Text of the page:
Nachshon Gangte, 47, waiting for an older sister he has not seen for 12 years, said that after thousands of years of exile, he has finally returned home.

The people were welcomed at the airport by dozens of family members, amid a festive atmosphere.

The Bnei Menashe are members of the Kuki-Chin-Mizo tribe who live in the northeastern Indian states of Mizoram and Manipur near the border with Myanmar (Burma), the report said.

Their oral history tells of a centuries-long exodus through Persia, Afghanistan, Tibet and China, all the while adhering to certain Jewish religious practices, like circumcision, it added.

According to the report, in India, they were converted to Christianity by 19th-century missionaries and, in reading the Bible, recognised stories from their own traditions that convinced them they actually belonged to the Jewish faith.



Monday, December 24, 2012

Satmar offers Israelis cash for not voting 

The anti-Zionist Satmar Hasidic sect intends to pay every Israeli who promises not to vote, regardless of his or her religious affiliation.

According to sources involved in the move, each person submitting their identity card and driver's license on Election Day will receive $100 in cash.

Last week, it was reported that one of the Satmar rebbes, Rabbi Yekutiel Yehuda Teitelbaum, would land in Israel two days before the January 22 elections with $25,000 for institutions influencing their students not to vote.

Following the report, the Hiddush association for religious freedom and equality sent a letter to Attorney General Yehuda Weinstein and to Judge Elyakim Rubinstein, chairman of the Central Election Committee, demanding that they look into the legitimacy of the grants offered by the rebbe.

Hiddush CEO Rabbi Uri Regev argued that the move was an alleged election bribe, adding that "Satmar Hasidim have a right to boycott the elections, but they must not offer a bribe to others. They must be informed that the Israeli law also applies to them."



Sunday, December 23, 2012


Israeli-born author Tuvia Tenenbom has called for the dismissal of Volkhard Knigge, the head of the Buchenwald concentration camp memorial in Weimar, Germany, after alleging that Knigge told him that Jews should have settled in Uganda instead of establishing the State of Israel.

Tenenbom, the director of the Jewish Theater of New York, described Knigge’s anti-Israel remarks in an interview on Sunday with the regional daily paper Mitteldeutsche Zeitung.

Tenenbom wrote a 2011 book on his observation of modern anti-Semitism in Germany. The book, I Sleep in Hitler’s Room: An American Jew Visits Germany, describes his experiences with diverse forms of anti-Semitism in Germany and includes an interview with Knigge and Daniel Gaede, an educator at Buchenwald.



Saturday, December 22, 2012

Suspicious device rendered safe in Glendale 

The bomb squad investigated a suspicious device found Friday in front of a Jewish center in Glendale.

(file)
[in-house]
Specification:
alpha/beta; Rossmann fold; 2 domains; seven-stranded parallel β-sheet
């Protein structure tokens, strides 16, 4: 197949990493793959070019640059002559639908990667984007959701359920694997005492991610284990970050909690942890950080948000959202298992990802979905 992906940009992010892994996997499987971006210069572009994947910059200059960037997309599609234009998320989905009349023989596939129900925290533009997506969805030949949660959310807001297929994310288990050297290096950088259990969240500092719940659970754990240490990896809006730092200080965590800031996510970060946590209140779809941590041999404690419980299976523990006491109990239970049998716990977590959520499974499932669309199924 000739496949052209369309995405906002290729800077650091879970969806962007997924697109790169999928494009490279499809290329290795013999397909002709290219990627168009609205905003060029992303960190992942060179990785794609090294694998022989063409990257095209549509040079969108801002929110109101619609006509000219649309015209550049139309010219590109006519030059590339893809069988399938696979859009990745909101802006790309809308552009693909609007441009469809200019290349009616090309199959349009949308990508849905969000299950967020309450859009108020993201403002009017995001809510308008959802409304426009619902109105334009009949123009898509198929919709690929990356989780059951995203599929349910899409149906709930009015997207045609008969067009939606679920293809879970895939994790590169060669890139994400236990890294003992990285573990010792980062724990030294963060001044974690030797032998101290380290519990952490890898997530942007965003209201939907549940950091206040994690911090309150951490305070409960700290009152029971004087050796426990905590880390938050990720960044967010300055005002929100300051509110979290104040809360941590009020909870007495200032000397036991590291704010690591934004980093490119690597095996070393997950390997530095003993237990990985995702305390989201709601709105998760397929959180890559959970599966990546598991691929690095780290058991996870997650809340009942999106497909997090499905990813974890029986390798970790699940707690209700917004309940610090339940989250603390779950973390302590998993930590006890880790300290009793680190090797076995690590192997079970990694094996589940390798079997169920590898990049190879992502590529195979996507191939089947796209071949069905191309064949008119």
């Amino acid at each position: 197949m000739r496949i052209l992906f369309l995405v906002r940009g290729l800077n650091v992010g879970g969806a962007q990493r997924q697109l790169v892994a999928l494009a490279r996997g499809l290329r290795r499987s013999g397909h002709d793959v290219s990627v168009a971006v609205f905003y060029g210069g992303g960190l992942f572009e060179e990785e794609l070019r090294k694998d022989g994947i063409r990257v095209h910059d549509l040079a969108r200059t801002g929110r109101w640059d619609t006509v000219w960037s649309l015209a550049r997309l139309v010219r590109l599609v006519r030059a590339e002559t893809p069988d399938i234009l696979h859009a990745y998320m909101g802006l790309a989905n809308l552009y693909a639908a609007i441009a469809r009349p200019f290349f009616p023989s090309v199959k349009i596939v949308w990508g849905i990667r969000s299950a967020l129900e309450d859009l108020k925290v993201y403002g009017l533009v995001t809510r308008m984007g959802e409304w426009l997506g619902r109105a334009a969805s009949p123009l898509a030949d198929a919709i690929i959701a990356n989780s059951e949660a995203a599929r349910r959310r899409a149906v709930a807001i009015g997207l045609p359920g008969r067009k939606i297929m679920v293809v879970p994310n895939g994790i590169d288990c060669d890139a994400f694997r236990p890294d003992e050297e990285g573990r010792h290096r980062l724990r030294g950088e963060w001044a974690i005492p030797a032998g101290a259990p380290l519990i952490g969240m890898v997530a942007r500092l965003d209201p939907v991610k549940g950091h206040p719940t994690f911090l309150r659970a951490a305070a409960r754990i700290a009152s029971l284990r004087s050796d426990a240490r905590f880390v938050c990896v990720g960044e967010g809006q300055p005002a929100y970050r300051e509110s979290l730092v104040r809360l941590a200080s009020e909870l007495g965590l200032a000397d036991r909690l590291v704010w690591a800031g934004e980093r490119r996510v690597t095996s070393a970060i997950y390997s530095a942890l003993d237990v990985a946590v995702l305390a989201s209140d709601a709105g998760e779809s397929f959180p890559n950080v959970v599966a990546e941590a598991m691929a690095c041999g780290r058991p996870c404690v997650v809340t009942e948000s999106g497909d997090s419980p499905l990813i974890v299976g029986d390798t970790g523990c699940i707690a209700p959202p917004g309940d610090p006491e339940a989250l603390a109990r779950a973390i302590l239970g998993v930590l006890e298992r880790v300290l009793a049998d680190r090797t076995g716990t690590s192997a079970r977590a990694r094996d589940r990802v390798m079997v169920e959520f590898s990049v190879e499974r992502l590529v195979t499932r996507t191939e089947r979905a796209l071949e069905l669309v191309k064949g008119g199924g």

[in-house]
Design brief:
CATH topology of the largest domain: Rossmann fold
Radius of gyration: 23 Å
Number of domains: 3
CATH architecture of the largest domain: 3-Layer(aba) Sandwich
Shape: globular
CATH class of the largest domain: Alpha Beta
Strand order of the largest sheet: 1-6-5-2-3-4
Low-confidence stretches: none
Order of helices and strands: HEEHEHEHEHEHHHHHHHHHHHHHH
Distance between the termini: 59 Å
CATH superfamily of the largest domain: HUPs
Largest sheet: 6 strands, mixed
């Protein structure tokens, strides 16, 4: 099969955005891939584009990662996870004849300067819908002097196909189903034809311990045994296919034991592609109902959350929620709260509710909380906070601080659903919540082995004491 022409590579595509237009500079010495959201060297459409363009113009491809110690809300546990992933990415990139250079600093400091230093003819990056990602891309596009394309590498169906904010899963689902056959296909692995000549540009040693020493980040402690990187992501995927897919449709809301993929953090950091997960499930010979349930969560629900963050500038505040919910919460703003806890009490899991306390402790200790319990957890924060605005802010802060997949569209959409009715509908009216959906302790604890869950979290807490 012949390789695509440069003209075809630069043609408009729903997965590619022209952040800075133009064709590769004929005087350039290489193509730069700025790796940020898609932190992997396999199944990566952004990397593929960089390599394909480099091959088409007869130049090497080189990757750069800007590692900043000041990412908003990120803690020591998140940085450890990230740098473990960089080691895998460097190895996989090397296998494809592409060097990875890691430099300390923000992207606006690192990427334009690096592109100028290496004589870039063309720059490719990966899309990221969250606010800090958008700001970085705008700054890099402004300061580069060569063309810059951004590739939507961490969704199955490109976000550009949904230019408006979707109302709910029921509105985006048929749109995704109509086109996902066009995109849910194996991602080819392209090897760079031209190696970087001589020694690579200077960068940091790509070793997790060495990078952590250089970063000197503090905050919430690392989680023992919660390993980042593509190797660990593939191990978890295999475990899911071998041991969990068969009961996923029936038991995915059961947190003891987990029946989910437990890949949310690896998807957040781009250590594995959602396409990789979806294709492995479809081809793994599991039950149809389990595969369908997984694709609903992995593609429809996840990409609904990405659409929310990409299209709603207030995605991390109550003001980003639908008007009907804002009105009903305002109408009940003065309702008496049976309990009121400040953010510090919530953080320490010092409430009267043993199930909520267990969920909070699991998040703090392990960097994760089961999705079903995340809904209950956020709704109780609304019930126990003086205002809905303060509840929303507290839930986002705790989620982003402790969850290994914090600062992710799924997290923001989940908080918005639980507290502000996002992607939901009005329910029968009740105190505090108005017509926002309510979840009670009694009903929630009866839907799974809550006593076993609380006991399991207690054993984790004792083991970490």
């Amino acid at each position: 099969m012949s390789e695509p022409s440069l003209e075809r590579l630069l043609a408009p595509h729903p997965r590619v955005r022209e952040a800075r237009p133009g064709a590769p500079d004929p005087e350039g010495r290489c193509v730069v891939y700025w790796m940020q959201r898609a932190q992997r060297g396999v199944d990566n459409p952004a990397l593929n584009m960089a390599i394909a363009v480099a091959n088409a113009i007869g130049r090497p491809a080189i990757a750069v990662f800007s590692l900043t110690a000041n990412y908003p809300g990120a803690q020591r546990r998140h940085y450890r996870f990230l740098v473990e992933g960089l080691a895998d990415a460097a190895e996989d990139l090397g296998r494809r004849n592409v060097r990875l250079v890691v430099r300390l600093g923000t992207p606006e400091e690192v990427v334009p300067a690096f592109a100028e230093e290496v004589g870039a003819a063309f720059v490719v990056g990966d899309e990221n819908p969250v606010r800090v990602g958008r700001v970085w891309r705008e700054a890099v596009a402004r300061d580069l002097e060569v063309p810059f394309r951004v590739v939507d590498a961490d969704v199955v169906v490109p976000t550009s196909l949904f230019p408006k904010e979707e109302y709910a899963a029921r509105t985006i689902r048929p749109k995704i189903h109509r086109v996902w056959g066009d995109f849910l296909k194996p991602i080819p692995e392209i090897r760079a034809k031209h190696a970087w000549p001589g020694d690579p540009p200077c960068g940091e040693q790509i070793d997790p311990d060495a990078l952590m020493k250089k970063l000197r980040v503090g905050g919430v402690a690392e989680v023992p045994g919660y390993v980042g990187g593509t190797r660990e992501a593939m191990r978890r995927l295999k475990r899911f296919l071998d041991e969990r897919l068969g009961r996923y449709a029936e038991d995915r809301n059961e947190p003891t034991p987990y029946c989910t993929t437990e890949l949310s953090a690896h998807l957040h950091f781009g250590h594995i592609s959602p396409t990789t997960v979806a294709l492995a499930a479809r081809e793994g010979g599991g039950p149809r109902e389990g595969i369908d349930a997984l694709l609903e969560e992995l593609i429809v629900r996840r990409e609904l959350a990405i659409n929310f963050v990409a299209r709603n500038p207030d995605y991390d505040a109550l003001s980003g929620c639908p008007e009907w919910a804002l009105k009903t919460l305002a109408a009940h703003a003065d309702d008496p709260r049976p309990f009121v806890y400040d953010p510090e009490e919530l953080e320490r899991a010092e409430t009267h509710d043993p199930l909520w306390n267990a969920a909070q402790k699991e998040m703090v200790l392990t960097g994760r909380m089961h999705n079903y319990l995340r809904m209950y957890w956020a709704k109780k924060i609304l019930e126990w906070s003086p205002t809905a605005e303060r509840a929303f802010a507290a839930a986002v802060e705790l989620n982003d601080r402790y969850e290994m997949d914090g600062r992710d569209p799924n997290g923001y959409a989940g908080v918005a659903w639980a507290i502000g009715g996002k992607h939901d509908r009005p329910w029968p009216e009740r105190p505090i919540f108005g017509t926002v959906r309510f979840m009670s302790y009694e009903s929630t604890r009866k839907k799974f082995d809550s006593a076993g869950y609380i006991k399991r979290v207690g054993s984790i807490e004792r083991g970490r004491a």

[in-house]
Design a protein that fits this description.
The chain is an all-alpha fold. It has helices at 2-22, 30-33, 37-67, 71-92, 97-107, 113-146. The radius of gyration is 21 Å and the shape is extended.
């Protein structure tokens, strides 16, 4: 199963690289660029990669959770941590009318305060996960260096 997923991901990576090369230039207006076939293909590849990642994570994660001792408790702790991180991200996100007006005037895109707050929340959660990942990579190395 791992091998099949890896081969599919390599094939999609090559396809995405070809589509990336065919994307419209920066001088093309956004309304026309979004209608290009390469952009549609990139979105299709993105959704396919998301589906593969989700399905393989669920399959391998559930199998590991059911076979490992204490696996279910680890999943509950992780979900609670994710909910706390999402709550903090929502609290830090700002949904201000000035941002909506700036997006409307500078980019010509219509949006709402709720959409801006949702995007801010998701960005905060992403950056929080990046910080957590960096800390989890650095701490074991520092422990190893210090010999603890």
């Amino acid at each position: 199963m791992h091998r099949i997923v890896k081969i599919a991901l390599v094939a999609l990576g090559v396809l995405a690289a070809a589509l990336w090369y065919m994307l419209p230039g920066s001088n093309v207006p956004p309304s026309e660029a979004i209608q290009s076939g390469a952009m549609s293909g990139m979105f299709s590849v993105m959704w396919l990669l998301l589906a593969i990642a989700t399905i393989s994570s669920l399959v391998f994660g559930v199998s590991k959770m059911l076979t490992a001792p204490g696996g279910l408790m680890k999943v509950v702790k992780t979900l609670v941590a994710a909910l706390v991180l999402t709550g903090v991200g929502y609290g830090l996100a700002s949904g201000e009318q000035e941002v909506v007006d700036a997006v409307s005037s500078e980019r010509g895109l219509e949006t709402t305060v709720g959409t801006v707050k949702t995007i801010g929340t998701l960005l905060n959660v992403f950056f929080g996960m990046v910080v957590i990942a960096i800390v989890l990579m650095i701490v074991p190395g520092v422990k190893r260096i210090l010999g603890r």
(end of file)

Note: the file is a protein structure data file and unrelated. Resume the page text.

Just after 3 p.m., firefighters were called to the 1200 block of North Pacific Avenue. While on that call, they spotted a suspicious device in front of the Jewish center and reported it.

The device was described as small with protruding wires. The bomb squad later rendered it safe.

Several nearby businesses and apartments were evacuated as a precaution.



Friday, December 21, 2012

Hasidic Jews go 'Gangnam Style' 

We know you're sick of "Gangnam Style" and the thousands of re-mixes, videos and whatnot you can find on YouTube, but we promise you that you've never seen it quite like this.

At a recent Hasidic wedding, the DJ played a Yiddish remix of "Gangnam Style" and, as you can well imagine, it is awesome. So awesome that we dare you not to have a smile on your face the whole time watching this video. Try, it's impossible.



Thursday, December 20, 2012

Man held in bomb hoax against Jewish temple, LAPD squad car 

Los Angeles police have arrested a man they believe made phony bomb threats against a Jewish temple in Koreatown on Tuesday, as well as an LAPD patrol car parked nearby, police said.

The suspect was identified as Wan Ryung Song, a.k.a Patrick Song, a 46-year-old naturalized citizen who is a native of South Korea. Police say they believe Song also vandalized the Wilshire Boulevard Temple with graffiti of a Swastika and anti-Semitic comments on Dec. 6.

Song has been charged with four counts of making a bomb threat, one count of vandalism at a house of worship, one count of a hate crime.

The hoax calls were made over six hours Tuesday morning from what LAPD investigators believe was the same pay phone near Wilshire Boulevard Temple.

The first phone call was received by police about 2 a.m. and targeted the temple, which was immediately searched before authorities determined there was no explosive device.

Then, shortly before 8 a.m., two calls in close succession came in saying there was some kind of device in or around a patrol car parked on Harvard Street between the temple and Our Lady of Angeles Church.

LAPD officials said the squad car was unoccupied and had been parked in the area to deter crime.

But the LAPD dispatched its bomb squad, which spent several hours examining the patrol car. Two robots searched in and around the vehicle, at one point breaking out a back window and blowing the lock off the trunk to look inside.